FTC cracks down on excessive legal fees“, Oct. 1-2, 2002. 

Second Circuit: we mean business about stopping frivolous securities suits” (scope of Rule 11), Aug. 29-Sept. 2, 2002. 

Lawyer’s 44-hour workday“, Jun. 28-30, 2002; “Charged $16,000 for brief he copied from book“, May 17-19, 2002; “Lending rules trip up litigation-finance firms“, Dec. 3, 2001; Letter to the editor (incremental billing disclosed?), Oct. 22, 2001; “Law-firm bill-padding?  Say it isn’t so!“, Nov. 18, 1999. 

‘Student gets diploma after threatening lawsuit’“, Jun. 13, 2002.

Truth value, 2002:Lying’s not nice, especially when representing the bar“, Jul. 30-31; “Columbia Law School survey on public attitude toward lawyers“, Apr. 26-28; “‘Ex-student sentenced for rape lie’” (wants to become attorney), Jan. 11-13 (& see May 26-29, 2000: Stephen Glass graduates Georgetown Law).  2001: Criminal defense attorneys, doing what they do best“, Dec. 15-16; “‘Lawyers pay price for cruel hoaxes’” (phony heir claims after plane crashes), Aug. 3-5; “‘Lie-tery winners’“, April 20-22.  2000:What was the Florida court thinking?” (Boies-submitted affidavit), Dec. 11-12; “‘Judge Lenient With Perjurer, Cites Clinton Case’“, Oct. 16-17 (& May 16); “The judge wasn’t asleep” (sanctions for submission of dubious affidavits), June 14-15.  1999:If true, then all the better” (excerpt from Campos, Jurismania), Dec. 3-5; and see witness coaching, below. 

‘”Little” done for firm, Rendell says’” (law firms provide no-show jobs for politicians), May 9, 2002. 

‘Former clients sue attorney O’Quinn’” (Kennedy Heights case), Apr. 8-9, 2002 (& Aug. 4, 1999).

Gary & Co. shenanigans at Maris trial“, Apr. 1-2, 2002. 

Lawyers stage sham trial aimed at inculpating third party“, Mar. 22-24, 2002. 

Disclosure:Lending rules trip up litigation-finance firms“, Dec. 3, 2001; Letter to the editor (incremental billing disclosed?), Oct. 22, 2001; “Trial lawyers knew of tire failures, didn’t inform safety regulators“, June 25 (& June 28)(& letter to the editor, July 6); Letter to the editor (ghostwriting), June 13; “ABA’s toothless ethics proposals“, Jan. 17, 2001; “Contingency fee reform“, Nov. 1, 2000.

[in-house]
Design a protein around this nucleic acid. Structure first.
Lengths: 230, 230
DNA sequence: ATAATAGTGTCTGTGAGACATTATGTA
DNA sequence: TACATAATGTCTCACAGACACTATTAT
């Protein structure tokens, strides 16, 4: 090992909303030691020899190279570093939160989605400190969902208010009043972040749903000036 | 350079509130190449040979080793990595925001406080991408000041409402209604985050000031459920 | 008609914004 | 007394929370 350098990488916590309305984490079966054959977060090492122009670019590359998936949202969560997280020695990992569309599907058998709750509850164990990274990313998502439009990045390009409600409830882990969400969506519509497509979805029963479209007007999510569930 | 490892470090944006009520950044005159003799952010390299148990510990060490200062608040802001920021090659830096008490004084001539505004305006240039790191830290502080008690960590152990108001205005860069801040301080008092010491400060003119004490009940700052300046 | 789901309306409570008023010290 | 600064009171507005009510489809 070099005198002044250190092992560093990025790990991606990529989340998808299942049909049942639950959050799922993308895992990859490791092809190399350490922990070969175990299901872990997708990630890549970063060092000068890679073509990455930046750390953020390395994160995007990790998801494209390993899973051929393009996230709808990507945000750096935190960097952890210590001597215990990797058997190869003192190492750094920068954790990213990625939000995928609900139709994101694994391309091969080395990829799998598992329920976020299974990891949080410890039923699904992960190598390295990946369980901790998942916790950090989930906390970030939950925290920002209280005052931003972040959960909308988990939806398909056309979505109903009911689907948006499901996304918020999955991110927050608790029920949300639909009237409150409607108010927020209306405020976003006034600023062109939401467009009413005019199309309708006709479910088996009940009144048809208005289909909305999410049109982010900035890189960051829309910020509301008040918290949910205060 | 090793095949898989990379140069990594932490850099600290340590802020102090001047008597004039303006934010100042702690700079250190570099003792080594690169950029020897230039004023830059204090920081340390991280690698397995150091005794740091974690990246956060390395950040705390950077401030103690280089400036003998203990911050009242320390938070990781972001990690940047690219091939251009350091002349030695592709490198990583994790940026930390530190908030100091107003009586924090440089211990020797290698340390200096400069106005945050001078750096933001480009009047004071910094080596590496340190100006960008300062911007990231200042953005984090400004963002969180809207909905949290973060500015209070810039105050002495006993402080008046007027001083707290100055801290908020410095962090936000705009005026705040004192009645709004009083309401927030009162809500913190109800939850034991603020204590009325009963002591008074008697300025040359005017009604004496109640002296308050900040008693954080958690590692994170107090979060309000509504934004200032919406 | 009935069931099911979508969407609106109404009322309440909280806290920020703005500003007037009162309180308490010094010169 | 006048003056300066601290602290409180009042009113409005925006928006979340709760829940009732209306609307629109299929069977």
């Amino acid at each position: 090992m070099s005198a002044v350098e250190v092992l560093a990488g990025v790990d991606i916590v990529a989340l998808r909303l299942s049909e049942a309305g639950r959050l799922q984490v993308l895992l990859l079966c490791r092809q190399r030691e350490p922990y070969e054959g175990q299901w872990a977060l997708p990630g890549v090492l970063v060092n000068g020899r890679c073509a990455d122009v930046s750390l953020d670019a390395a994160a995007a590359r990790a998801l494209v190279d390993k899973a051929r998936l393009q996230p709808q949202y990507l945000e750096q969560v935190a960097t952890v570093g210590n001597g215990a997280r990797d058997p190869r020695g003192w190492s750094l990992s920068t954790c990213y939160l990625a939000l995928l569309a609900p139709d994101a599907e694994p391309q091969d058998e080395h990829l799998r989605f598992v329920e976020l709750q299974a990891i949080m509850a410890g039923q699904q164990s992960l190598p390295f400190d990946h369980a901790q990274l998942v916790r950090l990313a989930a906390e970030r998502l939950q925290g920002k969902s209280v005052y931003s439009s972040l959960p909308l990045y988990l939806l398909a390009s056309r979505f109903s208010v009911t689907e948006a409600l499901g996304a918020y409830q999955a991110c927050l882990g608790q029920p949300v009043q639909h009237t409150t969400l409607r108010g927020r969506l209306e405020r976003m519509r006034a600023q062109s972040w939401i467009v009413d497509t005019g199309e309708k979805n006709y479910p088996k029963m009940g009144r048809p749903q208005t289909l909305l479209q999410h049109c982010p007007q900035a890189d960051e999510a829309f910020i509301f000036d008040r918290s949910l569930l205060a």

Contingent fees, 2001:Lending rules trip up litigation-finance firms“, Dec. 3; “Red-light cameras“, Sept. 6, 2001; “‘The Louima millions’“, July 24; “The rest of Justice O’Connor’s speech“, July 6-8; “Evils of contingent-fee tax collection, cont’d“, May 30; “Reclaiming the tobacco loot“, March 15; “Hugh Rodham’s ‘success fee’“, Feb. 23-25; “Dangers of tax farming“, Jan. 10 (& letter to the editor, Jan. 16).  2000:Contingency fee reform“, Nov. 1; “‘Lawyer take all’” (equity stakes in clients), Oct. 27-29.  1999:Piece of the action” (contingent fees for public officials), Dec. 3-5; “Reform stirrings on public contingency fees“, Oct. 15.

Witness coaching, 2001:GAF sues asbestos lawyers“, Feb. 12-13, 2001 (& see Dec. 10).  2000:‘N.Y. lawyer charged in immigrant smuggling’“, Sept. 22-24; “Sunday’s Times on Fred Baron“, June 5 (& see “Thanks for the memories” by Walter Olson, Reason, June 1998 and subsequent letters exchange with William Hodes).  1999:State of legal ethics” (hey, what’s wrong with witness coaching?), Sept. 9. 

‘The Great Mouthpiece’” (Manhattan’s Bill Fallon, 1920s), Dec. 28, 2001. 

‘Halliburton shares plunge on verdict’” (law-firm whistleblowing), Dec. 10, 2001. 

’2d Circuit Upholds Sanctions Against Firms for Frivolous Securities Claims’“, July 23, 2001 (more on sanctions: Jul. 30-31, 2002). 

Estate law temptations“, July 6-8, 2001; “Lawyers charged with $4.7 million theft from clients“, April 10, 2000; “Lawyers stealing less, clients say“, Dec. 21, 1999. 

Lost his live client, had to substitute dead one instead“, April 11, 2001; “Turn of the screw” (lawyers alleged to have sued without client consent), Oct. 24, 2000; “Curious feature of lawyer’s retainer” (allowed him to settle case without client consent), Sept. 12, 2000. 

‘It’s time to disarm the hired guns’” (Arianna Huffington), Feb. 28-March 1, 2001; “Trustworthy professionals” (survey of public confidence), Dec. 11-12, 2000. 

Fed prosecutors chafe at state ethics rules“, Oct. 16-17, 2000. 

Lenzner: ‘I think what we do is practice law’” (private investigator in Oracle scandal), July 28-30, 2000. 

Access to something” (lawyer accused of working for Social Security Administration while helping clients sue it), July 13, 2000. 

Ready to handle your legal needs” (Stephen Glass graduates Georgetown Law), May 26-29, 2000. 

Steering the evidence” (DaimlerChrysler gets sanctions against lawyers for evidence and witness tampering), May 23, 2000 (& update June 26). 

‘Ad deal links Coke, lawyer in suit’” (Willie Gary, suing Coca-Cola on behalf of clients, enters into a lucrative ad deal with it), May 11, 2000. 

Splash of reality” (sanctions for frivolous litigation in case of claimed Jackson Pollock painting), May 4, 2000.